French - Dog Rescuer


  • An interesting gravestone at St Pancras Cemetery in North Finchley (as seen in the early 2000s).


  • I found William French quite difficult to trace when I first looked through the normal records (this was pre-2010).

  • Access to the British Library scanned newspapers proved fruitful. I have transcribed article in full below:

Hampstead & Highgate Express - Saturday 18th July 1896


On Wednesday, Dr. G. Danford Thomas, coroner for Central London, held an inquiry at the St. Pancras Coroner’s Court with reference to the death of William French, aged fifty years, a horsekeeper, lately living 8, Flowers-mews, Archway-road, Highgate, who was drowned in one of the ponds, Parliament-hill-fields, on Monday afternoon. Samuel French, painter, living at Bathstreet, Stoke Newington, brother of the deceased, gave evidence of identification, and added that deceased was a good swimmer.

Thomas Hankins, a horsekeeper, of Cornwallis-road, Upper Holloway, stated that Monday afternoon he, company with a man named Wright, who had a dog, went to the ponds in Parliament-hill fields, and on the way there met the deceased, who bad his dog with him, and consented to accompany them. Ou arriving at the ponds they sent the dogs into the water by throwing pieces of wood in for them to fetch out. The dog belonging to deceased, when out in the water, seemed to be struggling, and deceased, thinking that his dog was going to drown, took off his coat and vest and jumped into the water, swimming to his dog to get it out. getting near to the spot where the dog was the dog went under the water, after which it reappeared on the surface and swam to shore. The deceased swam to return, and suddenly he called out, ”I am knocked,” and sank. The drags were procured, but the body was not recovered for an hour afterwards, and then he was quite dead. William Wright, a horsekeeper, living at 8, Flowers-mews, gave confirmatory evidence, adding that the deceased was a good swimmer, and that it seemed to him that the deceased was seized with cramp, which caused him to sink. He called assistance and every endeavour was made to rescue the deceased. They were all perfectly sober the time they went to the ponds.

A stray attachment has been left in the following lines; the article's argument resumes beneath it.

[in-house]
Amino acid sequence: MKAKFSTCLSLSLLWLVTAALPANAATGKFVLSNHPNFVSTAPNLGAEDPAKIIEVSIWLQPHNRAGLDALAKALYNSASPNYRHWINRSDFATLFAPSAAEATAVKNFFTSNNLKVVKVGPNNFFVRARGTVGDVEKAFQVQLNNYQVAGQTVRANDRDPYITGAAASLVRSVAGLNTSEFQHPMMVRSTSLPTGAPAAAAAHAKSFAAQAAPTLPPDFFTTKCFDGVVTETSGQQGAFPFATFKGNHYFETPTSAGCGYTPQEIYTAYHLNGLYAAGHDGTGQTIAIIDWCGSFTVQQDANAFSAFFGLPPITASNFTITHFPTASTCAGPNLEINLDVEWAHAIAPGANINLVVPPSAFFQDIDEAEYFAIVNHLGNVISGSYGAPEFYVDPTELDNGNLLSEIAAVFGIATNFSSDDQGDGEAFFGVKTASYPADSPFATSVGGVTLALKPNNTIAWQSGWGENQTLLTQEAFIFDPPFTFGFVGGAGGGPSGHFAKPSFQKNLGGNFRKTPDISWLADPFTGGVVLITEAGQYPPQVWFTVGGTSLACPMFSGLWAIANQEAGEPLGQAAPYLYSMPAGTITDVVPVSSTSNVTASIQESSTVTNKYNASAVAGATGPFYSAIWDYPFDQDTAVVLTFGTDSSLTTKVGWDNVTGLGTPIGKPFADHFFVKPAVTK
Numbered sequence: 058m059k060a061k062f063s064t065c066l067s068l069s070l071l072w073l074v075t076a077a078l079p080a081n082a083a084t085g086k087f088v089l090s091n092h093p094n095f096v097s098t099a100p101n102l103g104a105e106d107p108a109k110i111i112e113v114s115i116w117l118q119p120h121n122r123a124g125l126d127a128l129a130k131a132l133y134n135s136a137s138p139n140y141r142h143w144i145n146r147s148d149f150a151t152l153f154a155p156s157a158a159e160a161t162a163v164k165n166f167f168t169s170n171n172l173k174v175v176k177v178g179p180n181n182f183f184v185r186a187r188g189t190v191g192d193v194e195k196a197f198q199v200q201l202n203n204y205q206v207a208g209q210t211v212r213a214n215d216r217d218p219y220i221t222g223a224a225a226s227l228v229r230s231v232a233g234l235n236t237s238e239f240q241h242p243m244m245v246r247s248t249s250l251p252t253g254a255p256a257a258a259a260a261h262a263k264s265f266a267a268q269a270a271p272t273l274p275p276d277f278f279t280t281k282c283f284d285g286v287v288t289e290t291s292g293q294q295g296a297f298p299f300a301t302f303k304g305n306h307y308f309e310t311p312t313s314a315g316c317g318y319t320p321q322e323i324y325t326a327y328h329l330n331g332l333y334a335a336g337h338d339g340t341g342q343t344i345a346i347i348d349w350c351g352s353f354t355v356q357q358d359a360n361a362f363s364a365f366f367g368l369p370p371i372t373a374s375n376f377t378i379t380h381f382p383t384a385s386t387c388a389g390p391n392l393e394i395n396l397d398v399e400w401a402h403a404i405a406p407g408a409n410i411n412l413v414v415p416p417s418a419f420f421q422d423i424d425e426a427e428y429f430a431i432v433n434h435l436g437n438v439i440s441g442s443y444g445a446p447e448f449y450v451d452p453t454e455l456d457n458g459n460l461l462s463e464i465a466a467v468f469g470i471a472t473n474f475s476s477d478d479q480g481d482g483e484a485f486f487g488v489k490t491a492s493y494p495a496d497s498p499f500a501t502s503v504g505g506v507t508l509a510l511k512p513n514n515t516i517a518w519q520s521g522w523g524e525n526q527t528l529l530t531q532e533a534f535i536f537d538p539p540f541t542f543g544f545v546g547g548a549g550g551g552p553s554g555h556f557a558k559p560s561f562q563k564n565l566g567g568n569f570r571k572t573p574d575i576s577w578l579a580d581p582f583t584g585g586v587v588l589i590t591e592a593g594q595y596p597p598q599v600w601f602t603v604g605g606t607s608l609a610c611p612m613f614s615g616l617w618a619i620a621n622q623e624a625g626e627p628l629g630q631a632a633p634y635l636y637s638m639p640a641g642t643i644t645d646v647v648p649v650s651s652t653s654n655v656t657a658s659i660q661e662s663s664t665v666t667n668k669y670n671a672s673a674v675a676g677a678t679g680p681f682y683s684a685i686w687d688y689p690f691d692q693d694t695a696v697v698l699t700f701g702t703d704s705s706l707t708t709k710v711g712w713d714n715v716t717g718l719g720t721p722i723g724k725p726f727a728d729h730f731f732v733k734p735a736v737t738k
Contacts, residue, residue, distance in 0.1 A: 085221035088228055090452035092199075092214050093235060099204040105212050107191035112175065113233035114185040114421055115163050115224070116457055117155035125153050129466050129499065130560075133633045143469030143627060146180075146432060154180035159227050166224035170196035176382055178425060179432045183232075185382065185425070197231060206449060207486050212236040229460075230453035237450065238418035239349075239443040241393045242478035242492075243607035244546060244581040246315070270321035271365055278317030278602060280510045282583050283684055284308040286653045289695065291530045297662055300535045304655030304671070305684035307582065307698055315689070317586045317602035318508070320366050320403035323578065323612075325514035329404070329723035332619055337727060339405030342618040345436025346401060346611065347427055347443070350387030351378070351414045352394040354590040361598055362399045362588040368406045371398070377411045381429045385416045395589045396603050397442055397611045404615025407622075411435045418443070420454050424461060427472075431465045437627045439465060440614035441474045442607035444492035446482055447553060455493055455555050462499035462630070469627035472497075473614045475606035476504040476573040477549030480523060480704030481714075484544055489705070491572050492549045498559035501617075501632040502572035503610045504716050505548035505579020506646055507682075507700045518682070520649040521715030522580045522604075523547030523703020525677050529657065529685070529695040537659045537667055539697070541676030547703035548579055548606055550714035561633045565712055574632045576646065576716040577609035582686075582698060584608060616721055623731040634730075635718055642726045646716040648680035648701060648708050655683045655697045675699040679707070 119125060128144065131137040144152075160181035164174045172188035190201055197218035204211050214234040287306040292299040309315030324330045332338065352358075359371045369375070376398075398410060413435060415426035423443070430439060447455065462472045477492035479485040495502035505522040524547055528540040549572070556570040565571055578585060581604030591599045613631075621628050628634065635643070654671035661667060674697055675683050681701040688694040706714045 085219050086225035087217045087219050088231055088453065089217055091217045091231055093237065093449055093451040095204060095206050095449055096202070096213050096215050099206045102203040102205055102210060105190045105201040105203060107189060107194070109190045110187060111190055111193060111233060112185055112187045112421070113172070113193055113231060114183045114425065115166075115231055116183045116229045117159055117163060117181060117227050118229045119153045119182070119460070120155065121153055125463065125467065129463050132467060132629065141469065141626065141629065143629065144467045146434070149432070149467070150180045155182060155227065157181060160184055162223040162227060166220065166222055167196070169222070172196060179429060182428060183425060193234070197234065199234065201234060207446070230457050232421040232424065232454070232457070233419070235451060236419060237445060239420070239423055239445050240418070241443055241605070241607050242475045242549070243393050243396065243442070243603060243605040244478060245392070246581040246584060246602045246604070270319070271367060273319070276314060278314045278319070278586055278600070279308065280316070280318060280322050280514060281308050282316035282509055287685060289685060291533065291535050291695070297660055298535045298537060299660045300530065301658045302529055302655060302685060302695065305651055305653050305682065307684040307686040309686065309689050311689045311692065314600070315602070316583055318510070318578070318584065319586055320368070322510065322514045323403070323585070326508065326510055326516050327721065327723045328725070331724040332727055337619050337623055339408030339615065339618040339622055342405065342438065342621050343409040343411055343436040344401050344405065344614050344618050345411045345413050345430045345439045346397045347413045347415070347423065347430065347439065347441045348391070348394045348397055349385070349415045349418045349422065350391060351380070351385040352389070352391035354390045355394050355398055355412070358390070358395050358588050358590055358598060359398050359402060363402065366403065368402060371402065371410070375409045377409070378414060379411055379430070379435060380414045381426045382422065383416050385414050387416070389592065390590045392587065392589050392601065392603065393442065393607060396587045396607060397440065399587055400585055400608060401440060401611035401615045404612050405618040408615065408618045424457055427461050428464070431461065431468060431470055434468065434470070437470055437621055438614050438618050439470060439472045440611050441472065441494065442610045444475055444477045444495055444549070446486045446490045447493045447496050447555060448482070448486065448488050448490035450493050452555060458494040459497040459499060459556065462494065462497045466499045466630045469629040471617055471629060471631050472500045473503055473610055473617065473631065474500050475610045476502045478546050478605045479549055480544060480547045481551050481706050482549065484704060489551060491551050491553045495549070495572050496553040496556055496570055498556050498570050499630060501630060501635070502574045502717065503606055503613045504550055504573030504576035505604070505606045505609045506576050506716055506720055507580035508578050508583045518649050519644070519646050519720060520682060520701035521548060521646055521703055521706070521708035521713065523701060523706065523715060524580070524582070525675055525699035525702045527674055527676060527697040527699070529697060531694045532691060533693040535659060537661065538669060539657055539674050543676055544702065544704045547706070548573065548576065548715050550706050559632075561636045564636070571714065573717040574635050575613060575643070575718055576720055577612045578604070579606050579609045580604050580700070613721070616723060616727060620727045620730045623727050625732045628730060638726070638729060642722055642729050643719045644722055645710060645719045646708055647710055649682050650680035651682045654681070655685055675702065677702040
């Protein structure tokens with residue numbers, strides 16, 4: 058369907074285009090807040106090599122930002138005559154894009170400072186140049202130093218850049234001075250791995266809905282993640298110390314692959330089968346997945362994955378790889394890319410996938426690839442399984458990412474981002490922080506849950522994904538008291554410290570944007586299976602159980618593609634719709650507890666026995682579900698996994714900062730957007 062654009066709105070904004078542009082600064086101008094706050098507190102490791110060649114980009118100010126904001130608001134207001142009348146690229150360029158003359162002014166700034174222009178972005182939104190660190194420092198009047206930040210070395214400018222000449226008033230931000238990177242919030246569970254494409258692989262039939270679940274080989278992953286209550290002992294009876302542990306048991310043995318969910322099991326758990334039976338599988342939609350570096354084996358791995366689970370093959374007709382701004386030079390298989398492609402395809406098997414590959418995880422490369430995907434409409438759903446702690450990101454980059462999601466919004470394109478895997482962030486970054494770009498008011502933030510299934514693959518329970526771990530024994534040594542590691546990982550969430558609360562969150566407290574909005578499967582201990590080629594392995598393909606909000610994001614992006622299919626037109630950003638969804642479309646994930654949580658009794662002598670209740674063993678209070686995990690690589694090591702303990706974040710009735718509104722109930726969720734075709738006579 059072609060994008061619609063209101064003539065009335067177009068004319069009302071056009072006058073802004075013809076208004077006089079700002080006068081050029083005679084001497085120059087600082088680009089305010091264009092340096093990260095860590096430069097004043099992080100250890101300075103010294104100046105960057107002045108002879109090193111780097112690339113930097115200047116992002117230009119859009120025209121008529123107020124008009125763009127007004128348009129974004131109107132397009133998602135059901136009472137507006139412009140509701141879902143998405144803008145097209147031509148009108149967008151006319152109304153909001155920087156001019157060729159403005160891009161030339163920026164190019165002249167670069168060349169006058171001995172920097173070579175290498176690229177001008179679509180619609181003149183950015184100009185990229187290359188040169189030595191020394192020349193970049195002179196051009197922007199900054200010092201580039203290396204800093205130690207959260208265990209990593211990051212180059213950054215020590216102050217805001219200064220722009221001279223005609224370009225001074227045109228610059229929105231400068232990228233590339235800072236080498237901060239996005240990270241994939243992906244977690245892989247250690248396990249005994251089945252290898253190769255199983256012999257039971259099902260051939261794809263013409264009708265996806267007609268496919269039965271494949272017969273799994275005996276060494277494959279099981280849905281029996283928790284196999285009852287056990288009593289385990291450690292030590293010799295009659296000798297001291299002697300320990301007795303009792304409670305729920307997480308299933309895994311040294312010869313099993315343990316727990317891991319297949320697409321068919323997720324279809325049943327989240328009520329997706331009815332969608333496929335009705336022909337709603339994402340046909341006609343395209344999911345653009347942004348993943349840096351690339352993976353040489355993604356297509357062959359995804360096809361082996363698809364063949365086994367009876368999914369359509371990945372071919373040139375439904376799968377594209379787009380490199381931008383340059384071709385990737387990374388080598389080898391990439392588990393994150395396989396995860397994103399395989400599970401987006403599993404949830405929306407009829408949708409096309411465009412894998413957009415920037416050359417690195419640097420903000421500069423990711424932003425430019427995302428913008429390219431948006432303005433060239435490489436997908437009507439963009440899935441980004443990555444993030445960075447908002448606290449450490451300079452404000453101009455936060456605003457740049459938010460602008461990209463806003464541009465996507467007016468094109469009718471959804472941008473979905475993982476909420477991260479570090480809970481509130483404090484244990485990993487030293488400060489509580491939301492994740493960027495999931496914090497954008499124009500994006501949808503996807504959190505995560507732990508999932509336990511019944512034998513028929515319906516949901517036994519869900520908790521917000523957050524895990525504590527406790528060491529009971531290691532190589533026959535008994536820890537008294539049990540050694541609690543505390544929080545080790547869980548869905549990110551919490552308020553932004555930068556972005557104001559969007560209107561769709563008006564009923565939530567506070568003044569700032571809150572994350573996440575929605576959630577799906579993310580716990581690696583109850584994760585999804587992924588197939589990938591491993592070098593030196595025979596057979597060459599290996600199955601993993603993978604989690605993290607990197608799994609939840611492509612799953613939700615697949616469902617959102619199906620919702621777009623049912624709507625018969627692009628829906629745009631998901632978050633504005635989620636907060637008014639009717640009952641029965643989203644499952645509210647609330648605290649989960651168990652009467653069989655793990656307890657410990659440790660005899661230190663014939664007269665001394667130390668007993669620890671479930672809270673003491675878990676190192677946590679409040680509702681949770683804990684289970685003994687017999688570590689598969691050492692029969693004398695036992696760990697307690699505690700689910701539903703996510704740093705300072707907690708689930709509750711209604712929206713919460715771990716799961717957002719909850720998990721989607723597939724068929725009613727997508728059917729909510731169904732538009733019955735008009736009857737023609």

Thomas Adkins, a constable of the London County Council, said that he was standing by the place where the drags were kept when be heard that there was man in the water, on which he went at once with the drags to the pond, being there within a minute, and once dragged for the deceased, but could not find him, not knowing the exact spot which he had gone in and no one was there to tell him. The companions of deceased had gone away. Was told that the deceased and his companions had all been drinking. A gentleman dived into the water but could not find the deceased, after which the boat was procured from another pond, and about an hour afterwards the body of the deceased was found some seven feet from the edge. In answer to the coroner the witness said that he did not see the deceased’s companions, so did not know if they were drunk or not. The coroner remarked that the witness was only speaking from hearsay. The witness Wright said that he wished to distinctly state that none of them was the worse for drink, and that directly the deceased went down they told other persons about it.

Detective-Sergt. Brown, of the S Division said that he had made enquiries with regard to the matter and found that the deceased and his companions had been in the Duke of St. Albans Tavern. They were perfectly sober and further that they gave information about the matter. The coroner said that unless person's could swim and know how to handle drowning persons, it was highly dangerous to attempt to rescue, so they might be drowned themselves, especially if not quite sober. Dr Nathaniel Goodchild of Highgate Road said he found that death was due to suffocation by drowning. The coroner said it It was a foolish thing for the deceased to have gone into the water with his heavy boots and trousers on after a dog. It was not as if it was a human being he was anxious to save. Other evidence having been given, the jury returned a verdict of “accidental death”.

We understand that Mr George R Sims ( “Dagonet” ), a well-known lover of dogs, has undertaken to provide a decent funeral for the deceased.


  • George Robert Sims was a prolific English journalist, dramatist, novelist and poet who was known for his humour and satirical takes.

  • He used the pseudonym 'Dagonet' after the supposed court-jester in the Arthurian tales.